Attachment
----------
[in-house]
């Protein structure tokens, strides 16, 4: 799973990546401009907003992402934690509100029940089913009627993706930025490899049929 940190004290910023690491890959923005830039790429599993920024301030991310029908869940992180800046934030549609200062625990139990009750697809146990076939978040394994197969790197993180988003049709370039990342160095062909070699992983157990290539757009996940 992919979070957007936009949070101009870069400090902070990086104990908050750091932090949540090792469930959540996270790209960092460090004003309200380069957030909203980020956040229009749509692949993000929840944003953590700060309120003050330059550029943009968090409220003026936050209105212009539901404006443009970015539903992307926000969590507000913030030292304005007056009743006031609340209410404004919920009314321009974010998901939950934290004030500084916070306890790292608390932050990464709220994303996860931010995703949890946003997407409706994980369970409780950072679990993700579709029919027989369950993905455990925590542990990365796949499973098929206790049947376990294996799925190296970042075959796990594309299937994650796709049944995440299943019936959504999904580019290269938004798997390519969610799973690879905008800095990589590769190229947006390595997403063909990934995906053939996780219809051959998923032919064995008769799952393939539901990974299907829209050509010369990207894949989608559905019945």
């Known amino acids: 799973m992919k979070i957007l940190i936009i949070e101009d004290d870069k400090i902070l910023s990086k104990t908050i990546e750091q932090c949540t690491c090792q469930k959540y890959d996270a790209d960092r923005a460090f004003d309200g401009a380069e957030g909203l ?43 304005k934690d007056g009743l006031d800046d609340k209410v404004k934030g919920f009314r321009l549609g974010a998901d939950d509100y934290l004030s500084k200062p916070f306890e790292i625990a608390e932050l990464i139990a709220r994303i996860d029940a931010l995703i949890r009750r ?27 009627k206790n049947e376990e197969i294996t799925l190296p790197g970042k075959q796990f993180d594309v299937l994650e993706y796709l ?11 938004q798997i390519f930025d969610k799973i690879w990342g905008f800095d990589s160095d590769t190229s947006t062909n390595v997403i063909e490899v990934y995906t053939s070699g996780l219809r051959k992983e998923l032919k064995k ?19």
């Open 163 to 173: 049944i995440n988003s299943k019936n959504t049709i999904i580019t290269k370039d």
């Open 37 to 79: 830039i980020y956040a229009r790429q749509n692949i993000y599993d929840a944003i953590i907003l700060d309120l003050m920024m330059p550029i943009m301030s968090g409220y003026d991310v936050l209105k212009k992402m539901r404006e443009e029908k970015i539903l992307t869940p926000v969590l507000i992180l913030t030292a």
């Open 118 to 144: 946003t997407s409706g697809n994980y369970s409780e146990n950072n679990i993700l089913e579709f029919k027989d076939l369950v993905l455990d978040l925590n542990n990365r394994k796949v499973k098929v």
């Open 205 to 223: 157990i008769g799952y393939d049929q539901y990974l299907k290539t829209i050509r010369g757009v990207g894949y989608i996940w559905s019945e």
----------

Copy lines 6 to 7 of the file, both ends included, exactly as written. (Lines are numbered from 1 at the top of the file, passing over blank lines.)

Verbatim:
């Open 118 to 144: 946003t997407s409706g697809n994980y369970s409780e146990n950072n679990i993700l089913e579709f029919k027989d076939l369950v993905l455990d978040l925590n542990n990365r394994k796949v499973k098929v």
């Open 205 to 223: 157990i008769g799952y393939d049929q539901y990974l299907k290539t829209i050509r010369g757009v990207g894949y989608i996940w559905s019945e």